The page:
Speculators turned more bearish the euro and less bullish the Japanese yen in the Commitment of Traders week ending October 11. The dramatic shift in US presidential polls and the continued rally in oil appeared to have spurred speculators to reduce short Mexican peso positions and add to longs.
Speculators in the futures market added 20.1k contracts to their gross short euro position, lifting it to 207.8k contracts. There were still a few speculators that tried picking a bottom before the euro slipped below $1.10 in the spot market. The bulls added 8.6k contracts, lifting the gross long position to 114.3k contracts.
The largest speculative gross long and gross short position in the euro. The net short position rose to 93.5k contracts from 82.1k. This is a two month high. However, sterling’s net short position is larger at 95.5k contracts. This slightly smaller than the previous reporting period (-97.6k contracts). This reflected the fact that speculators covered more gross short positions than liquidated gross long positions. Specifically, the 6.4k long contracts were cut while 8.5k short contracts were covered (leaving the gross long position at 50.4k contracts and the gross short position of 145.9k contracts).
Yen bulls move may be having second thoughts in the face of the continued (three consecutive weeks) dollar recovery in the spot market. They liquidated 22.7k contracts to leave a gross long position of 79.3k contracts. The bears were not enticed and added nearly a hundred contracts to the gross short position, which now stands 33.4k contracts. The net long position of 45.9k contracts (down nearly 23k contracts in the latest reporting week) is the smallest in two months.
During the CFTC’s Commitment of Traders week ending October 4, speculators took on risk. Of the sixteen gross currency positions we track, speculators added to their exposure in all but five. Bulls and bears saw opportunity.
The bears were decisive. Of the significant position adjustments (a change in gross position by at least 10k contracts), two were adding to gross shorts (euro and sterling). The New Zealand dollar and Mexican peso were the only two where the bears did not add to gross short position.
The bulls did not extend gross long positions in three of the eight currencies: the Canadian and New Zealand dollars and the Mexican peso. What the disaggregated view reveals is that the New Zealand dollar and Mexican peso were the exceptions to the general pattern. Speculators moved to the sidelines in both currencies. That leaves the 2k contract liquidation of gross long Canadian dollar position to be the sole exception of speculators adding to positions.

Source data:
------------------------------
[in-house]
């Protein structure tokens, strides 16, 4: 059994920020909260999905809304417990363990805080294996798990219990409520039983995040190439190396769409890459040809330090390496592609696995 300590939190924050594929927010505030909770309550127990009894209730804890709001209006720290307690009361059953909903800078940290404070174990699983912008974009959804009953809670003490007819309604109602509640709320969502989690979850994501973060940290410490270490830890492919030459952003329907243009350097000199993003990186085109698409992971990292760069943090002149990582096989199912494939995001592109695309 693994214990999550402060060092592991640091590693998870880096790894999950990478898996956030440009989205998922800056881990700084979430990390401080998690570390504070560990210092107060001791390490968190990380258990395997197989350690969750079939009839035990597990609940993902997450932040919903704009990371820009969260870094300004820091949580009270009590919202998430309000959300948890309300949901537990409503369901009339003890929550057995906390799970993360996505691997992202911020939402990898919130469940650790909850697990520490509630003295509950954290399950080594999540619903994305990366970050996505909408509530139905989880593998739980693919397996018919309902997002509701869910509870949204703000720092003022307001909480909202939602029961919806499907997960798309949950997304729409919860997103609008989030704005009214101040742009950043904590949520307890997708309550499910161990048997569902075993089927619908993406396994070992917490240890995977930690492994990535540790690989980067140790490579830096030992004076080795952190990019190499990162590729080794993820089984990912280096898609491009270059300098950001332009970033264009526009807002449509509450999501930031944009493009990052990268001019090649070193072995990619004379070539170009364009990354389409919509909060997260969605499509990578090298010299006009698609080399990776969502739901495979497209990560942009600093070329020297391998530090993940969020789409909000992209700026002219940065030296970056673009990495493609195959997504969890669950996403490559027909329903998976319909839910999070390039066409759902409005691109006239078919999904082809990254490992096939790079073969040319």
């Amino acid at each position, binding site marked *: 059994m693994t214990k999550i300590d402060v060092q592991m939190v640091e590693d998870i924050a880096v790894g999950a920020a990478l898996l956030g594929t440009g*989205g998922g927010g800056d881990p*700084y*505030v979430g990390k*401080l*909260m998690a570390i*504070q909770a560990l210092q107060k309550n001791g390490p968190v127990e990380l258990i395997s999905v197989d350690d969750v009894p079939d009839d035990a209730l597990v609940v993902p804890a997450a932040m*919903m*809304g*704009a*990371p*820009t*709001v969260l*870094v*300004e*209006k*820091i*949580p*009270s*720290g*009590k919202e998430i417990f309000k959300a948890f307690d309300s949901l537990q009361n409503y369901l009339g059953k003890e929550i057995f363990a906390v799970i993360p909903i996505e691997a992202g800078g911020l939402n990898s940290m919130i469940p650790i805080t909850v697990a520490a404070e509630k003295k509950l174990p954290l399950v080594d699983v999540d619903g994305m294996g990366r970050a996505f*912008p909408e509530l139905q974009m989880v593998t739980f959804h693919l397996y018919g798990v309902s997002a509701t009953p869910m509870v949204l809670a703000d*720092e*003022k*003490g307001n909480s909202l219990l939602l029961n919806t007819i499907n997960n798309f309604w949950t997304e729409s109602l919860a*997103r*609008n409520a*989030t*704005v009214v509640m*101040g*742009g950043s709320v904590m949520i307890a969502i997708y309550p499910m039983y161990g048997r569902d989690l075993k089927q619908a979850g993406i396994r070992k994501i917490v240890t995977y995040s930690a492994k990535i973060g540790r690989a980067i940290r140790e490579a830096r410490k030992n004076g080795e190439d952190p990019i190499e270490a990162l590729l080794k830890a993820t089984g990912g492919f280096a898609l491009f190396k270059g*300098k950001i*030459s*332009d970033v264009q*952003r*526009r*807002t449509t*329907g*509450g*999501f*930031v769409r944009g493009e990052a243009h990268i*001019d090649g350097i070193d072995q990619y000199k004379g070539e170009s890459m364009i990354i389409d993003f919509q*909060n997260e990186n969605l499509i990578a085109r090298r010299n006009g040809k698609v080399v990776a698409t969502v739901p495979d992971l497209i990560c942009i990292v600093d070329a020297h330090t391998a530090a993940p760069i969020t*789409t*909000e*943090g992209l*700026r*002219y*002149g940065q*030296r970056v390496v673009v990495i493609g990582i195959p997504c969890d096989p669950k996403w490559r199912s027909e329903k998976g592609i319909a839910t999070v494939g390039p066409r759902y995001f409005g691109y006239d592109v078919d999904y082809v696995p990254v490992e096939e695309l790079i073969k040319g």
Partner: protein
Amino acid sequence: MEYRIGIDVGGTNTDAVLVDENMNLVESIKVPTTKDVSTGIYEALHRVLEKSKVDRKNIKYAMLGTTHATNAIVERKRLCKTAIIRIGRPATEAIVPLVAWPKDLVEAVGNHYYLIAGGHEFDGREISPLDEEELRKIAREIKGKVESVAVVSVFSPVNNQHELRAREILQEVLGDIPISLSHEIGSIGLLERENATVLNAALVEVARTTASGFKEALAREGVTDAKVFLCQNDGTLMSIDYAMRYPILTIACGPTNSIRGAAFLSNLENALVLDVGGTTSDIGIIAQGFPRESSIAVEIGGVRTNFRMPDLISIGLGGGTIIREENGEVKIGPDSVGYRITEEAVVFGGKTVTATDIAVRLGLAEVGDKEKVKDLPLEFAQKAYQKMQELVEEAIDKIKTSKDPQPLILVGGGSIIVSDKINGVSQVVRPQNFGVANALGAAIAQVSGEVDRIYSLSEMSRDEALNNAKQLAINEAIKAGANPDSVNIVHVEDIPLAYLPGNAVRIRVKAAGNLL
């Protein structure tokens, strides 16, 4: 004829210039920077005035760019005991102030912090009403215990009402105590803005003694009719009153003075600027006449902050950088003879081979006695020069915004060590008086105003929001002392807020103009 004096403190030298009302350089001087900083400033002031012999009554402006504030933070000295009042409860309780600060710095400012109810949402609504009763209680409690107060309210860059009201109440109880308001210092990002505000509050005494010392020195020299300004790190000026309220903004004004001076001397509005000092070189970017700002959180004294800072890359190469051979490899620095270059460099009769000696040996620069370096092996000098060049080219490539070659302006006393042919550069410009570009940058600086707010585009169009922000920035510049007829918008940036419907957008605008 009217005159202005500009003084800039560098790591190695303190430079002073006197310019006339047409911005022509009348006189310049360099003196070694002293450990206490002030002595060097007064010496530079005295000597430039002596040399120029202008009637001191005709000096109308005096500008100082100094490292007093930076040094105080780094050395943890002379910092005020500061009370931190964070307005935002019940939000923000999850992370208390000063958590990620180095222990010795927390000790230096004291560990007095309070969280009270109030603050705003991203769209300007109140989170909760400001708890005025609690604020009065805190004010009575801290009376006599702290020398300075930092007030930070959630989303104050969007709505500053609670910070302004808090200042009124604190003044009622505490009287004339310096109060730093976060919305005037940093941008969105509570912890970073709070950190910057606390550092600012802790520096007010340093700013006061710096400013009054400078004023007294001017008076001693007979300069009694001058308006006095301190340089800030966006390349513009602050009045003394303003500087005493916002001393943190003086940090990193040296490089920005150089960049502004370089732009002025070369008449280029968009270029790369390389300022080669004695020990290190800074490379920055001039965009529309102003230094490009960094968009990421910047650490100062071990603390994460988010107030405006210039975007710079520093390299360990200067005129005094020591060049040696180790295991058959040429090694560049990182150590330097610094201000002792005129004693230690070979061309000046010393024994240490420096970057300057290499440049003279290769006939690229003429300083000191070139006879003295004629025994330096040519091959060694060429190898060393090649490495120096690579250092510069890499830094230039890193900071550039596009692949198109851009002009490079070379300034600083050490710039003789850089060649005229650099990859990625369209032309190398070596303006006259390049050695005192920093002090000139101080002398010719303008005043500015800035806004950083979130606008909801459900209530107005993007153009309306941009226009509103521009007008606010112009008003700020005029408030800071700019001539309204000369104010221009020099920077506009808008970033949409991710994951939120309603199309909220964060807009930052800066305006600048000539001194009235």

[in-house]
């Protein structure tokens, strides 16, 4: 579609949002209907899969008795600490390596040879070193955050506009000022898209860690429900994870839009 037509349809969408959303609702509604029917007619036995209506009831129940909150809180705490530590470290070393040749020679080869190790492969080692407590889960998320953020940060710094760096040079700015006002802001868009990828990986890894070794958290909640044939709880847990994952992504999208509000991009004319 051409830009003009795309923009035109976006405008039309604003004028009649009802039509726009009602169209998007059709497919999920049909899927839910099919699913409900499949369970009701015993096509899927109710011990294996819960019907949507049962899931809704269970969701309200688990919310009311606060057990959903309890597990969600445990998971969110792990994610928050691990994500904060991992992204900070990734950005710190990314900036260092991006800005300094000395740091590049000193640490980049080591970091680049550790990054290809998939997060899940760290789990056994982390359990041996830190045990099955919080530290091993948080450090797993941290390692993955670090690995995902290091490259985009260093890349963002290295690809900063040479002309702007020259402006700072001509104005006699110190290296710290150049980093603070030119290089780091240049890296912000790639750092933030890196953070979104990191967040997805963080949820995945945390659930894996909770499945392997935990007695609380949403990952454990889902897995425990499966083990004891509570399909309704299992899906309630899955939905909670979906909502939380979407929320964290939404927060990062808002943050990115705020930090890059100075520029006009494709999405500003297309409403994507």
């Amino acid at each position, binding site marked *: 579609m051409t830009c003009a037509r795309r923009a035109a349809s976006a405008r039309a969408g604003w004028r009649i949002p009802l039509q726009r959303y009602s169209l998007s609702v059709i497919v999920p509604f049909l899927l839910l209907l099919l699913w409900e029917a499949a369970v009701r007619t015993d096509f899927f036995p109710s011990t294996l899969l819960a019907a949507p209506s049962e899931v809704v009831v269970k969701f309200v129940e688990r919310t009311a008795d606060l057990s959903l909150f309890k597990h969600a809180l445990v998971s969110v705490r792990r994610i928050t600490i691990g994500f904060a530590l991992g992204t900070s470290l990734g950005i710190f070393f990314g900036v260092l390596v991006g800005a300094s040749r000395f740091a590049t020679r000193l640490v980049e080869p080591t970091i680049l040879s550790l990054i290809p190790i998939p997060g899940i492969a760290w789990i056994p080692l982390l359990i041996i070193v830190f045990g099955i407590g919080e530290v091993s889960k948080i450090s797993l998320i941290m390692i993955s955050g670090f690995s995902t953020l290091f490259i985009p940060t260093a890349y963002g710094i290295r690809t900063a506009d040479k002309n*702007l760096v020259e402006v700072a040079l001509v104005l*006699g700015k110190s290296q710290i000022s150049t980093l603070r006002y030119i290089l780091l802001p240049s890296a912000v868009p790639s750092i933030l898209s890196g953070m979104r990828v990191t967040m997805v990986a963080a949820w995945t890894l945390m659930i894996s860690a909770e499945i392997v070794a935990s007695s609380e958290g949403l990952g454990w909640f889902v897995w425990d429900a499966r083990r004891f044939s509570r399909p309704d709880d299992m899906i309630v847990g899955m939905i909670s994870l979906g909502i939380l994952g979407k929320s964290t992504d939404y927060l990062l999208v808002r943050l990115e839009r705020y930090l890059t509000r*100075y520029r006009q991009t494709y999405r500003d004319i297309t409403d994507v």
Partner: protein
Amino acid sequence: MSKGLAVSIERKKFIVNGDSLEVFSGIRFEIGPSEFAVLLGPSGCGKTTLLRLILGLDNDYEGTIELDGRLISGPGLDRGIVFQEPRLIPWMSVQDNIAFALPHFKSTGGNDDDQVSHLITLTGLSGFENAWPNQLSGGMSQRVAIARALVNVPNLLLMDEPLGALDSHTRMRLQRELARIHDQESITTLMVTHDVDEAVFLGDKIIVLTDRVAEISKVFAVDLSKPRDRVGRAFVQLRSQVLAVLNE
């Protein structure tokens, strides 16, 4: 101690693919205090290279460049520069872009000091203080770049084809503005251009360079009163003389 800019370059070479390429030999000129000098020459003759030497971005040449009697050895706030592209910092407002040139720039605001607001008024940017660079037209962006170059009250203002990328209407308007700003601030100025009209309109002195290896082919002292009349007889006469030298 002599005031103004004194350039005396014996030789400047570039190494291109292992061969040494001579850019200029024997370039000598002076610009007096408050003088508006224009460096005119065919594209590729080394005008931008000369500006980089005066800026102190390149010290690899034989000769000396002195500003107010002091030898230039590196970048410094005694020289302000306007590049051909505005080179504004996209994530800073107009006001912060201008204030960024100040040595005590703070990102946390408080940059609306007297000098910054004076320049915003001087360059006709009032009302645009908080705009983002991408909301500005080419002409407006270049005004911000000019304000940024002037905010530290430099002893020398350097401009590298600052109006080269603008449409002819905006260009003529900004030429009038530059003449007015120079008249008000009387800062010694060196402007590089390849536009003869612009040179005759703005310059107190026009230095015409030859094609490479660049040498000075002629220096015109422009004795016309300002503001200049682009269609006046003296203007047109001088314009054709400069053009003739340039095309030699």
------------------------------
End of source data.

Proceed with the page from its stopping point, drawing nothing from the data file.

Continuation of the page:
The gross short euro position expanded by 11.2k contracts to 187.7k. It is the largest in a month. The gross sterling position jumped 18.4k contract to 154.3k, a new record. It has risen by 31k over the past three reporting periods. A week after the June referendum, the gross short position stood at 94.8k contracts.
The bulls made only one significant adjustment to their currency futures position. It was the Australian dollar. They added 10.7k contracts to lift the gross long position to 73.5k contracts. The gross short position hardly changed, rising 1.7k contracts to 46.9k. The result was an increase in the net long speculative Aussie position too 23.9k contracts from 15.0k. Two weeks ago, the net speculative position was long by 6.8k contracts.
In the week after the BOJ and FOMC meetings, speculators made several significant adjustments to gross positions in the futures market. However, there was not clear pattern.
Of the 16 gross positions we track, five adjustments were more than 10k contracts. Of these five, two were large adds to gross long positions. In the remaining three, speculators cut gross long positions.
The bulls added 12.3k yen contracts to lift their gross long position to 97.4k contracts. It is the largest long position since April. The bears added 2.2k to their gross short position, raising to 28.5k contracts.
Sterling bulls are a fickle lot. After adding almost 29k contracts to their gross long position in the CFTC reporting week ending September 23, they liquidated 21.1k contracts in the most recent reporting period. The gross long position stands at 48.2k contracts. which matches the four-week average (~49.2k contracts).